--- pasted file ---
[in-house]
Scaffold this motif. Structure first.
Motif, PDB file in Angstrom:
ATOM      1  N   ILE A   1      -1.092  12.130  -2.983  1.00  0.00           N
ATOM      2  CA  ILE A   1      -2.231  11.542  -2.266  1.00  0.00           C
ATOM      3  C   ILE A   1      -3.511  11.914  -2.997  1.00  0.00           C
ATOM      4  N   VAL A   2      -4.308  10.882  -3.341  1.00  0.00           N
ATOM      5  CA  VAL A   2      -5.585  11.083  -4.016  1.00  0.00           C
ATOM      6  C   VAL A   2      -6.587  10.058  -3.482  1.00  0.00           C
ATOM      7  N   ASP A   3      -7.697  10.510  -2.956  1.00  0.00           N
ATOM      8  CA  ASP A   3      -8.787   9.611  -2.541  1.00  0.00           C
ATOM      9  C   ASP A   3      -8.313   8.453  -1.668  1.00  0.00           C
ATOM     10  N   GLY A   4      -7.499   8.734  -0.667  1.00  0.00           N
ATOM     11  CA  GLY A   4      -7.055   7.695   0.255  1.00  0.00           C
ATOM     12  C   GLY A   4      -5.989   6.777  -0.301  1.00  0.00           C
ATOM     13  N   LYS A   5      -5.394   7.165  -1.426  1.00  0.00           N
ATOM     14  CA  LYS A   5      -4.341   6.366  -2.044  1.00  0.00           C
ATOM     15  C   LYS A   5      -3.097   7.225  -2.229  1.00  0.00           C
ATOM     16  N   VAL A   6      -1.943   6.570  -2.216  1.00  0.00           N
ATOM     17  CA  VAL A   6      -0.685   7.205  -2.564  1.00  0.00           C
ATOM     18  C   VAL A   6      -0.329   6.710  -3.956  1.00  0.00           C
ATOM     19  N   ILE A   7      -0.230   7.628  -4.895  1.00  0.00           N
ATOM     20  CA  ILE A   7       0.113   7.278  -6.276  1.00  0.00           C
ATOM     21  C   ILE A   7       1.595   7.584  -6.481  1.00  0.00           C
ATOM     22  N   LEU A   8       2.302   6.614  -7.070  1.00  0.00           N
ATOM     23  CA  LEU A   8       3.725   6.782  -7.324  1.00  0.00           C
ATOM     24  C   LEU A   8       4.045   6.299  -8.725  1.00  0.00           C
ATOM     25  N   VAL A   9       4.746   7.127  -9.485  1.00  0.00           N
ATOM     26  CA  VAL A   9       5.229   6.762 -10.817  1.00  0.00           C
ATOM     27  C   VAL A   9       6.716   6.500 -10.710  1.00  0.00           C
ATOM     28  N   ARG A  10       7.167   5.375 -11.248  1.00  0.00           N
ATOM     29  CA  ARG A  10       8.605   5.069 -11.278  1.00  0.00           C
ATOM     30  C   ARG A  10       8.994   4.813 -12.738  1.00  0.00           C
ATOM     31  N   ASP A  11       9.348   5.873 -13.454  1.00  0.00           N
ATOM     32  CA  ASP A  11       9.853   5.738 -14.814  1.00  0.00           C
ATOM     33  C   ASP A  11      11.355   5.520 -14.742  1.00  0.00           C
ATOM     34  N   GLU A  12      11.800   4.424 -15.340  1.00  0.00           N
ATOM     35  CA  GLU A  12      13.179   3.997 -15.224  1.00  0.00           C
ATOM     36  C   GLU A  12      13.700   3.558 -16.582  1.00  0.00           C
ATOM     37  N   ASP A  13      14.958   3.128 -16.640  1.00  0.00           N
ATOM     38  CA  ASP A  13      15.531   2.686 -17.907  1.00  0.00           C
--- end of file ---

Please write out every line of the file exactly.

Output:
[in-house]
Scaffold this motif. Structure first.
Motif, PDB file in Angstrom:
ATOM      1  N   ILE A   1      -1.092  12.130  -2.983  1.00  0.00           N
ATOM      2  CA  ILE A   1      -2.231  11.542  -2.266  1.00  0.00           C
ATOM      3  C   ILE A   1      -3.511  11.914  -2.997  1.00  0.00           C
ATOM      4  N   VAL A   2      -4.308  10.882  -3.341  1.00  0.00           N
ATOM      5  CA  VAL A   2      -5.585  11.083  -4.016  1.00  0.00           C
ATOM      6  C   VAL A   2      -6.587  10.058  -3.482  1.00  0.00           C
ATOM      7  N   ASP A   3      -7.697  10.510  -2.956  1.00  0.00           N
ATOM      8  CA  ASP A   3      -8.787   9.611  -2.541  1.00  0.00           C
ATOM      9  C   ASP A   3      -8.313   8.453  -1.668  1.00  0.00           C
ATOM     10  N   GLY A   4      -7.499   8.734  -0.667  1.00  0.00           N
ATOM     11  CA  GLY A   4      -7.055   7.695   0.255  1.00  0.00           C
ATOM     12  C   GLY A   4      -5.989   6.777  -0.301  1.00  0.00           C
ATOM     13  N   LYS A   5      -5.394   7.165  -1.426  1.00  0.00           N
ATOM     14  CA  LYS A   5      -4.341   6.366  -2.044  1.00  0.00           C
ATOM     15  C   LYS A   5      -3.097   7.225  -2.229  1.00  0.00           C
ATOM     16  N   VAL A   6      -1.943   6.570  -2.216  1.00  0.00           N
ATOM     17  CA  VAL A   6      -0.685   7.205  -2.564  1.00  0.00           C
ATOM     18  C   VAL A   6      -0.329   6.710  -3.956  1.00  0.00           C
ATOM     19  N   ILE A   7      -0.230   7.628  -4.895  1.00  0.00           N
ATOM     20  CA  ILE A   7       0.113   7.278  -6.276  1.00  0.00           C
ATOM     21  C   ILE A   7       1.595   7.584  -6.481  1.00  0.00           C
ATOM     22  N   LEU A   8       2.302   6.614  -7.070  1.00  0.00           N
ATOM     23  CA  LEU A   8       3.725   6.782  -7.324  1.00  0.00           C
ATOM     24  C   LEU A   8       4.045   6.299  -8.725  1.00  0.00           C
ATOM     25  N   VAL A   9       4.746   7.127  -9.485  1.00  0.00           N
ATOM     26  CA  VAL A   9       5.229   6.762 -10.817  1.00  0.00           C
ATOM     27  C   VAL A   9       6.716   6.500 -10.710  1.00  0.00           C
ATOM     28  N   ARG A  10       7.167   5.375 -11.248  1.00  0.00           N
ATOM     29  CA  ARG A  10       8.605   5.069 -11.278  1.00  0.00           C
ATOM     30  C   ARG A  10       8.994   4.813 -12.738  1.00  0.00           C
ATOM     31  N   ASP A  11       9.348   5.873 -13.454  1.00  0.00           N
ATOM     32  CA  ASP A  11       9.853   5.738 -14.814  1.00  0.00           C
ATOM     33  C   ASP A  11      11.355   5.520 -14.742  1.00  0.00           C
ATOM     34  N   GLU A  12      11.800   4.424 -15.340  1.00  0.00           N
ATOM     35  CA  GLU A  12      13.179   3.997 -15.224  1.00  0.00           C
ATOM     36  C   GLU A  12      13.700   3.558 -16.582  1.00  0.00           C
ATOM     37  N   ASP A  13      14.958   3.128 -16.640  1.00  0.00           N
ATOM     38  CA  ASP A  13      15.531   2.686 -17.907  1.00  0.00           C